The site of the earliest coal mine in New Zealand is the subject of an appeal by Saddle View Estates, which owns a controversial quarry on Saddle Hill near Dunedin.
Last year the Environment Court held that the company had no resource consent for quarrying the hump of Saddle Hill (known locally as Jaffray’s Hill) and that the company had never had any consent at any time.
This is the latest move in a dispute which has carried on for over 50 years between Taieri County (now amalgamated with Dunedin City,) the Dunedin City Council and the quarry owners. Saddle View Estates claims the Environment Court erred in 16 of its findings and that it had not given the appropriate consideration of the evidence the company adduced in evidence before the court.
It says there is reliable documentary evidence that it does have such a consent. The company is relying heavily on a 1966 letter to
the Taieri County from its then planning officer, but this cannot now be found. A number of files were lost when the two local bodies amalgamated.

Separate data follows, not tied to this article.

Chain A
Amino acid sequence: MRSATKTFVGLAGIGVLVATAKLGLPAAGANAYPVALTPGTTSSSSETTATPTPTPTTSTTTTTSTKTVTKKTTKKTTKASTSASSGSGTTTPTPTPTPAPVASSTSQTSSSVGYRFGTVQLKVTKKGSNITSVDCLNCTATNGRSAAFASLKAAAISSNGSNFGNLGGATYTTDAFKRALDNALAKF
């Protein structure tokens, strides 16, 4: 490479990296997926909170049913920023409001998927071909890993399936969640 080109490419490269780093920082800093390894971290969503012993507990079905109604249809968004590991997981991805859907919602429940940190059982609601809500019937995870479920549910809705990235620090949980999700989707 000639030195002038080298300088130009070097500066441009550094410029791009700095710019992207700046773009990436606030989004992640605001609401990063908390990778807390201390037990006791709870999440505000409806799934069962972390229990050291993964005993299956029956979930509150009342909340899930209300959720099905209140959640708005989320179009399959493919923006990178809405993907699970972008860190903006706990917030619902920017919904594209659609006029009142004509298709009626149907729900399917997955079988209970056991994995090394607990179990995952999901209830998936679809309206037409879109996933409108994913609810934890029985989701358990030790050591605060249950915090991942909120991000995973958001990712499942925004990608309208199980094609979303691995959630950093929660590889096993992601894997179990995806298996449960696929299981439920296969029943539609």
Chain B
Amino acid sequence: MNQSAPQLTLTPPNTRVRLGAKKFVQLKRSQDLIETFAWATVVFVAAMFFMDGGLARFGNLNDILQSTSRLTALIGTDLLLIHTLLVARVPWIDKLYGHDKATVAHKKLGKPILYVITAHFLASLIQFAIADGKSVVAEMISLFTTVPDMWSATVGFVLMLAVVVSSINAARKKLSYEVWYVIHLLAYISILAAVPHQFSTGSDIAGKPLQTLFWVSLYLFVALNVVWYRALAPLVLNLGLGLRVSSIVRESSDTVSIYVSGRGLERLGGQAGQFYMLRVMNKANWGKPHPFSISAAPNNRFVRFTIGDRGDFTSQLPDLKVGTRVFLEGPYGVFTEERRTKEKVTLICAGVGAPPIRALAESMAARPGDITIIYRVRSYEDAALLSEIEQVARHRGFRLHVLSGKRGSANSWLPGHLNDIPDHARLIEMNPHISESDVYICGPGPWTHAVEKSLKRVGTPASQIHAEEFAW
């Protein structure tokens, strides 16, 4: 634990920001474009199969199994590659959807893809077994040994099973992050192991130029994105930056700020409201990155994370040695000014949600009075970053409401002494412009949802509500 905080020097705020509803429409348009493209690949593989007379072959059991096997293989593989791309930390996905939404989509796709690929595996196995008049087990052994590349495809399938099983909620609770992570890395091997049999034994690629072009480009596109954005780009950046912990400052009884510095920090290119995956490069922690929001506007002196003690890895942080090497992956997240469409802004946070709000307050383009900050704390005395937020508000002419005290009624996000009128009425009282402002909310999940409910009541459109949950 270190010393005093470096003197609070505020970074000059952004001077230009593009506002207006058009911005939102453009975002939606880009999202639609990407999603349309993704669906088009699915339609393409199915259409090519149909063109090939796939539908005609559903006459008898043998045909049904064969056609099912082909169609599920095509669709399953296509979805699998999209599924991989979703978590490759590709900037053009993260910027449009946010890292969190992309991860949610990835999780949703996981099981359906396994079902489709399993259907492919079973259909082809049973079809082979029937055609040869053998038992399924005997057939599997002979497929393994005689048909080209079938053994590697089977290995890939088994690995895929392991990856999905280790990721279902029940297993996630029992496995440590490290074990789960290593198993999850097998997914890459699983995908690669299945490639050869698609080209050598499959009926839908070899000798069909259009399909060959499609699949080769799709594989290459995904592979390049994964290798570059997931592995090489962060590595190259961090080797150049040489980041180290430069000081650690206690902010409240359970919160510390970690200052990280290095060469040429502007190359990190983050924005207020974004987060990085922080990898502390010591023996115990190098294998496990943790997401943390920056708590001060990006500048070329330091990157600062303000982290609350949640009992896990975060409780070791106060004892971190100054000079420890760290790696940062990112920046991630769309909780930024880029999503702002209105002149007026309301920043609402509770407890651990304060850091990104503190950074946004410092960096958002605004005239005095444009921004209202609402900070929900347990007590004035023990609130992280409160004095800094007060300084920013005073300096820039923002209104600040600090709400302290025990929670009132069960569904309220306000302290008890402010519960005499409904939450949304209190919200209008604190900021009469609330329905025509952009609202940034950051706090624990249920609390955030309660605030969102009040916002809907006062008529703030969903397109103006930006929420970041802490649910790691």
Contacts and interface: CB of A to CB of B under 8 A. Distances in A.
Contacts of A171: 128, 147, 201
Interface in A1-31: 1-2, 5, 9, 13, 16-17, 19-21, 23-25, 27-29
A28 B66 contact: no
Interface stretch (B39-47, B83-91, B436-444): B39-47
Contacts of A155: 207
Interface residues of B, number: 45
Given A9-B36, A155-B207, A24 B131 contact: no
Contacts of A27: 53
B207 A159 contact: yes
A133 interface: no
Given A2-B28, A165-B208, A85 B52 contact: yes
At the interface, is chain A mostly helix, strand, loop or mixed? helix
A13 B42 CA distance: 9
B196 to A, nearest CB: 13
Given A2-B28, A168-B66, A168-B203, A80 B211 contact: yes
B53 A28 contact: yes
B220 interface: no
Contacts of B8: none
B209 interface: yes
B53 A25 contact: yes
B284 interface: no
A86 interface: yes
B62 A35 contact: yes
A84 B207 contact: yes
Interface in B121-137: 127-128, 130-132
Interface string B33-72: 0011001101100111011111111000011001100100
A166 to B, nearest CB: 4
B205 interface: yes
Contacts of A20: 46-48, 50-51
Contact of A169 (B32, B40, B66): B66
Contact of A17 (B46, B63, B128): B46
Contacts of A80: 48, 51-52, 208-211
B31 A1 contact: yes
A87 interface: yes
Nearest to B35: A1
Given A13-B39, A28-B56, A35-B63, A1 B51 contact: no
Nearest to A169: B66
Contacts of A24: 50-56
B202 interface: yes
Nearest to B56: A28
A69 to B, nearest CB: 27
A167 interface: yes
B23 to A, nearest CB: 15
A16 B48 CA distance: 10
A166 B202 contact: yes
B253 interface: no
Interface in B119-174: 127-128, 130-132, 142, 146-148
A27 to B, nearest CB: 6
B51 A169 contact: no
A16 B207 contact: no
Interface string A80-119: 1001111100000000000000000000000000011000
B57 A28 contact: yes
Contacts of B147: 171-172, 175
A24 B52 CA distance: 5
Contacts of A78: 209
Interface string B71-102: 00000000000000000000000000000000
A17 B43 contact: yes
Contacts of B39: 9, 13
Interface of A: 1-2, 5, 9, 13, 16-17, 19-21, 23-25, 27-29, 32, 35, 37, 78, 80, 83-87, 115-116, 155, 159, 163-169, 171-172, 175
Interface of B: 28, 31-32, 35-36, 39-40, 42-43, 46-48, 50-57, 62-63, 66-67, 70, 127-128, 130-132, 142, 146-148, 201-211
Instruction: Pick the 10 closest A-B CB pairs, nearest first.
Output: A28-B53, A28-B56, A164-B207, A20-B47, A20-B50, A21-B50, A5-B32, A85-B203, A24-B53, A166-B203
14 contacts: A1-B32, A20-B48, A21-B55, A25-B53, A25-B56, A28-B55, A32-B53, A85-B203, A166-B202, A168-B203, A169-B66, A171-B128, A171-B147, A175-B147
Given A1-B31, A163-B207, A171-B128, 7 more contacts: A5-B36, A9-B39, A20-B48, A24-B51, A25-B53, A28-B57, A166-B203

Saddle Hill is a prominent landmark overlooking the northeastern end of the Taieri Plains in Otago, New Zealand. Within the limits of Dunedin city, it is located 18 kilometres to the west of the city centre, between Mosgiel and Green Island, and is clearly visible from many of the city’s southern hill suburbs. A lookout on the northern slopes of the hill commands a good view across the plains, with Lake Waihola visible 25 kilometres to the west in clear weather. A small coal seam on the hill was exploited by early European settlers, and was mined from as early as 1849, the first coal mine in the country. Jaffray’s Hill (often wrongly called Jeffrey’s Hill, and named for the Jaffray family who owned the land from 1849 until 1937), was extensively mined for basalt gravel until the mid-1980s.